As a parent, you want to do everything you can to care for and protect your children. But, if you and your partner have decided that your relationship has reached an end, then you have to break the life-changing decision to them. One of your biggest concerns may be how to talk to your children about what’s happening, and how they’ll react. Will they understand what’s going on? Will they be upset? How will they adapt to the changes that will inevitably come with the separation? These are all you may be worried about so we have put together these tips to help you.
Keep it simple
You and your partner know the ‘truth’ behind your divorce but it is not age appropriate to discuss the finer details of the separation with your kids beyond acknowledging that both parents tried to work through their differences, but ultimately decided it was best to be apart.
Keep routines consistent
When everything seems to be turning upside down for your children, it is extremely important to maintain as much normalcy as possible. Parents should strive to keep their and their children’s routines the same and consistency will help children feel more stable through the transition.
Don’t make them choose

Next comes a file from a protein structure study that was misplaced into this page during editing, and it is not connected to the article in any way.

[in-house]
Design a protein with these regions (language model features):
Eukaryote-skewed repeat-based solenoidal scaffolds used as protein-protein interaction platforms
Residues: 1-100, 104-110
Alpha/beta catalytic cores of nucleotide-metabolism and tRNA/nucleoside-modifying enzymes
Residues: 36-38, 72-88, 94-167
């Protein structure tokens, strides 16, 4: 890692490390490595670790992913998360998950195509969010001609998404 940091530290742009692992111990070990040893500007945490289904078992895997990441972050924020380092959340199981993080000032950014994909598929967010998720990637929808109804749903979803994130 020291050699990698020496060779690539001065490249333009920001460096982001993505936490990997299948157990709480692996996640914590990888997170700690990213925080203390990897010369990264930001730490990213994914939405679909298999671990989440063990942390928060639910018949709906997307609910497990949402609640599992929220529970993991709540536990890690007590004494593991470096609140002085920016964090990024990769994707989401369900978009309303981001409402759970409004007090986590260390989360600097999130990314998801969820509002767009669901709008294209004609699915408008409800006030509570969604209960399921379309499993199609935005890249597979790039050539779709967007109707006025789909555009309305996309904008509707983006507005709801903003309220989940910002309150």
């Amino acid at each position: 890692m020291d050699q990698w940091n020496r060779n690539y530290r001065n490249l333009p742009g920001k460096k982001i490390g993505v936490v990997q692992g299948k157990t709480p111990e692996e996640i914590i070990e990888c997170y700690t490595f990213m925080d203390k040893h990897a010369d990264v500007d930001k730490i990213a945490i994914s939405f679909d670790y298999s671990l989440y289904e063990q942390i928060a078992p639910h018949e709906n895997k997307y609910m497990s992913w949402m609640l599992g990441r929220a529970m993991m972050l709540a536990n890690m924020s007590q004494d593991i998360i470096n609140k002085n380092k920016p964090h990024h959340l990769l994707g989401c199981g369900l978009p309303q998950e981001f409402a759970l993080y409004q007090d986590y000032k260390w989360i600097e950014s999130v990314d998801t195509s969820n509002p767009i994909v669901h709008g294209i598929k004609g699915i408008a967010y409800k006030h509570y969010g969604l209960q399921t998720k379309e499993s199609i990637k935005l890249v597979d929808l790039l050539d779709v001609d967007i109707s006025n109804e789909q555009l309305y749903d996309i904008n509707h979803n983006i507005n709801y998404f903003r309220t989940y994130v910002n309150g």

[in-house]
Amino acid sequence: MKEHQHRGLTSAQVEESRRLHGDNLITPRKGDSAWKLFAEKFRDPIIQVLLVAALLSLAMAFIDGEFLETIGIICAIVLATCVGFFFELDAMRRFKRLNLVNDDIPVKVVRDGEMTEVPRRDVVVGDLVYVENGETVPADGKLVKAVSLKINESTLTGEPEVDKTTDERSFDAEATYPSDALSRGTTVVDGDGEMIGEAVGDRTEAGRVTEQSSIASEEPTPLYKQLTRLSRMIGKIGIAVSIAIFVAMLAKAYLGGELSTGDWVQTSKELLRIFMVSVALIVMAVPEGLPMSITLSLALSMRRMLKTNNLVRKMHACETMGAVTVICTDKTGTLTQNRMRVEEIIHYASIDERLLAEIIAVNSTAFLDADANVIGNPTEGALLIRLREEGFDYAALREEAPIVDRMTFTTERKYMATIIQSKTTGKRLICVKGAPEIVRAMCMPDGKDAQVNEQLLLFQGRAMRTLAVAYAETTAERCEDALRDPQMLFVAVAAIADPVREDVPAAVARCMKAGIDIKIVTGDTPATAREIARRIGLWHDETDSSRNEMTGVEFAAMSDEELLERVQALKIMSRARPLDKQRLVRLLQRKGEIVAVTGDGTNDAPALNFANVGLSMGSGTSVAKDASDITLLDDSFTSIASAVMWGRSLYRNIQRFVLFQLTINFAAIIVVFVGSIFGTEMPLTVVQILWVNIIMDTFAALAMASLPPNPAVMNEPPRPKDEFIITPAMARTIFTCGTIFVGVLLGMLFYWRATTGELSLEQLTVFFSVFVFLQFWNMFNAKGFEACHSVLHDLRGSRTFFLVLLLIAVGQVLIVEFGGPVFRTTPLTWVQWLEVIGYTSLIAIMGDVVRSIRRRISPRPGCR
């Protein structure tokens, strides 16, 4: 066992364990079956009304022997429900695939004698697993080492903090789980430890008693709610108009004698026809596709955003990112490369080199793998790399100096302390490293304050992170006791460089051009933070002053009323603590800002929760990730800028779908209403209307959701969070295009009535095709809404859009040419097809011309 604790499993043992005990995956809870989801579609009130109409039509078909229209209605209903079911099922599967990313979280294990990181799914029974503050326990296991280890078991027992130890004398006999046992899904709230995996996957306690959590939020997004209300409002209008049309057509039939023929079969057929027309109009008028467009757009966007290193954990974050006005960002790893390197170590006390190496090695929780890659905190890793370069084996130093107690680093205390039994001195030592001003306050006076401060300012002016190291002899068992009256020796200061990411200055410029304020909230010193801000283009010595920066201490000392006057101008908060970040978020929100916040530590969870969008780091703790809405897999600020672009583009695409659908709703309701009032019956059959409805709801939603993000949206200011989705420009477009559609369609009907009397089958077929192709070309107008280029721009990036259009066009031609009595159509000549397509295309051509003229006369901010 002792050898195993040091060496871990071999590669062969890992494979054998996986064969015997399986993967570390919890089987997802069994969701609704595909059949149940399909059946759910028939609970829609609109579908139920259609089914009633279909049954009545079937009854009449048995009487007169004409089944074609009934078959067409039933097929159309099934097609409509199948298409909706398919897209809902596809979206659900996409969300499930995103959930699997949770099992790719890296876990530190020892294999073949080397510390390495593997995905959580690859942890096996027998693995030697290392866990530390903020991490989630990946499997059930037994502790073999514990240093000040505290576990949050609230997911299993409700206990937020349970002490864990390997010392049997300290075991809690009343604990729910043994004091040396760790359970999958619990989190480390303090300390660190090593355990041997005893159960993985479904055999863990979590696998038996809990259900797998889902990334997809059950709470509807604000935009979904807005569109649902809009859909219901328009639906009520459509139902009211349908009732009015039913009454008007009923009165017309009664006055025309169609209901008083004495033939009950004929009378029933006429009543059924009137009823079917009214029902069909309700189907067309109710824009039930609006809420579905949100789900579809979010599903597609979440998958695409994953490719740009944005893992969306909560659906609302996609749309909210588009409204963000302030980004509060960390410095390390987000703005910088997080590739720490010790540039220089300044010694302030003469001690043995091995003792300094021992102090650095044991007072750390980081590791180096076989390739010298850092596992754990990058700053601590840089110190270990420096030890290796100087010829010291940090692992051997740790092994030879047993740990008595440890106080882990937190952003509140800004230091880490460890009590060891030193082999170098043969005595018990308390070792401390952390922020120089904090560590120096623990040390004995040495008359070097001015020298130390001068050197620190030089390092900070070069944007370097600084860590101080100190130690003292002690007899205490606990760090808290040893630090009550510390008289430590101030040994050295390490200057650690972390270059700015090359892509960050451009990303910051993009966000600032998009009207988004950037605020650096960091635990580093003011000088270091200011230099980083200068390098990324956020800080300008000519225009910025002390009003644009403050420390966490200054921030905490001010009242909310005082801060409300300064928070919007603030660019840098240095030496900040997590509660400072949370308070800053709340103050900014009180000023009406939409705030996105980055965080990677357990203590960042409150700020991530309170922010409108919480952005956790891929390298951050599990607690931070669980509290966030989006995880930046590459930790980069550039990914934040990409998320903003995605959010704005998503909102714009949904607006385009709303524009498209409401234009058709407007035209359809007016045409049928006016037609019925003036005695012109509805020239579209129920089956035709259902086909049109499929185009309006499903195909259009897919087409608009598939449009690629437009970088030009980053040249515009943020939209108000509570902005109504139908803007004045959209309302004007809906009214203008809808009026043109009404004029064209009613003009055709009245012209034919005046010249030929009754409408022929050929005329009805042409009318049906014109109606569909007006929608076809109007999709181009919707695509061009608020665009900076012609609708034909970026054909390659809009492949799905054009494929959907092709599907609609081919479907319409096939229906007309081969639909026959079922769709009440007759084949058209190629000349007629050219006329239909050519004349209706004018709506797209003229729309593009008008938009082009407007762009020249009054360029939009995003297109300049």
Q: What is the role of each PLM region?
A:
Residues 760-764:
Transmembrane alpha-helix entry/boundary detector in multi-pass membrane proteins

Parents shouldn’t play the blame game of why they are divorcing in front of their children. The children should not feel stuck in the middle of their parent’s divorce and they should model respectful behavior towards each other in front of their children. This shows them that each home is a safe space for them and they won’t have to choose “sides.”
Tell them together
Since divorce is a decision between both partners, it is important that both partners tell all the kids about the important decision together, like a united front. This will allow the children to feel like both parents are still connected and willing to work together to raise them.
Tell them you love them
A divorce between parents can bring forth lots of unsettling feelings in children. Although parents can’t remain the same with each other as they once were, they can definitely reassure their children about how much they still love them and continue to provide them with much-needed attention. It’s a good idea to give one-on-one time to each of the children to keep communication lines open and to provide them with extra support when needed.
Validate their feelings
Your children are entitled to feel a range of emotions when they find out about your divorce. Allow them to fully feel their emotions and listen to your children without trying to solve anything. Just empathizing with them in the moment will make them feel heard. Be consistent with affection and provide a safe space for them to share their emotions.
Keep an open dialogue
Talking about your divorce might not be a one time thing and your children will need to have frequent conversations to make sense of the divorce. They will have lots of concerns and questions so keep an open line of communication and be available for them when they are feeling low or unable to understand something related to the divorce.